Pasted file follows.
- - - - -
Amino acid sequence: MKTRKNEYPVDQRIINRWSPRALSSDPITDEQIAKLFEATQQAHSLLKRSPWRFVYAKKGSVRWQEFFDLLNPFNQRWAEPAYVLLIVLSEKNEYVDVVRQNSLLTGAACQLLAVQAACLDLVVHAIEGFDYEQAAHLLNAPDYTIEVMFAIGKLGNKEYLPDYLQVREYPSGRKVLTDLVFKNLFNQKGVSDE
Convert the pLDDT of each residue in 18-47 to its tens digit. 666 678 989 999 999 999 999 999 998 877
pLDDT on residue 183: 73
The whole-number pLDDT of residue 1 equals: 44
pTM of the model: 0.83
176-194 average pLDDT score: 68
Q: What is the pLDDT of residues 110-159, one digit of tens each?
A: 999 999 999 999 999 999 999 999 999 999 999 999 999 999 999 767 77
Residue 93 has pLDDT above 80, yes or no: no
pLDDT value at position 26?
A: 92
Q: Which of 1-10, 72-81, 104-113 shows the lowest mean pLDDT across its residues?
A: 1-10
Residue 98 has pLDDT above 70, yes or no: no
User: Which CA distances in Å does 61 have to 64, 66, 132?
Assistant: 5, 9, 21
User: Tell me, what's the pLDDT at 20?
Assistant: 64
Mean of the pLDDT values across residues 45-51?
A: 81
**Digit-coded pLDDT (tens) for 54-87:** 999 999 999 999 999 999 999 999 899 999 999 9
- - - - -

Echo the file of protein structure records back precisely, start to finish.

Amino acid sequence: MKTRKNEYPVDQRIINRWSPRALSSDPITDEQIAKLFEATQQAHSLLKRSPWRFVYAKKGSVRWQEFFDLLNPFNQRWAEPAYVLLIVLSEKNEYVDVVRQNSLLTGAACQLLAVQAACLDLVVHAIEGFDYEQAAHLLNAPDYTIEVMFAIGKLGNKEYLPDYLQVREYPSGRKVLTDLVFKNLFNQKGVSDE
Convert the pLDDT of each residue in 18-47 to its tens digit. 666 678 989 999 999 999 999 999 998 877
pLDDT on residue 183: 73
The whole-number pLDDT of residue 1 equals: 44
pTM of the model: 0.83
176-194 average pLDDT score: 68
Q: What is the pLDDT of residues 110-159, one digit of tens each?
A: 999 999 999 999 999 999 999 999 999 999 999 999 999 999 999 767 77
Residue 93 has pLDDT above 80, yes or no: no
pLDDT value at position 26?
A: 92
Q: Which of 1-10, 72-81, 104-113 shows the lowest mean pLDDT across its residues?
A: 1-10
Residue 98 has pLDDT above 70, yes or no: no
User: Which CA distances in Å does 61 have to 64, 66, 132?
Assistant: 5, 9, 21
User: Tell me, what's the pLDDT at 20?
Assistant: 64
Mean of the pLDDT values across residues 45-51?
A: 81
**Digit-coded pLDDT (tens) for 54-87:** 999 999 999 999 999 999 999 999 899 999 999 9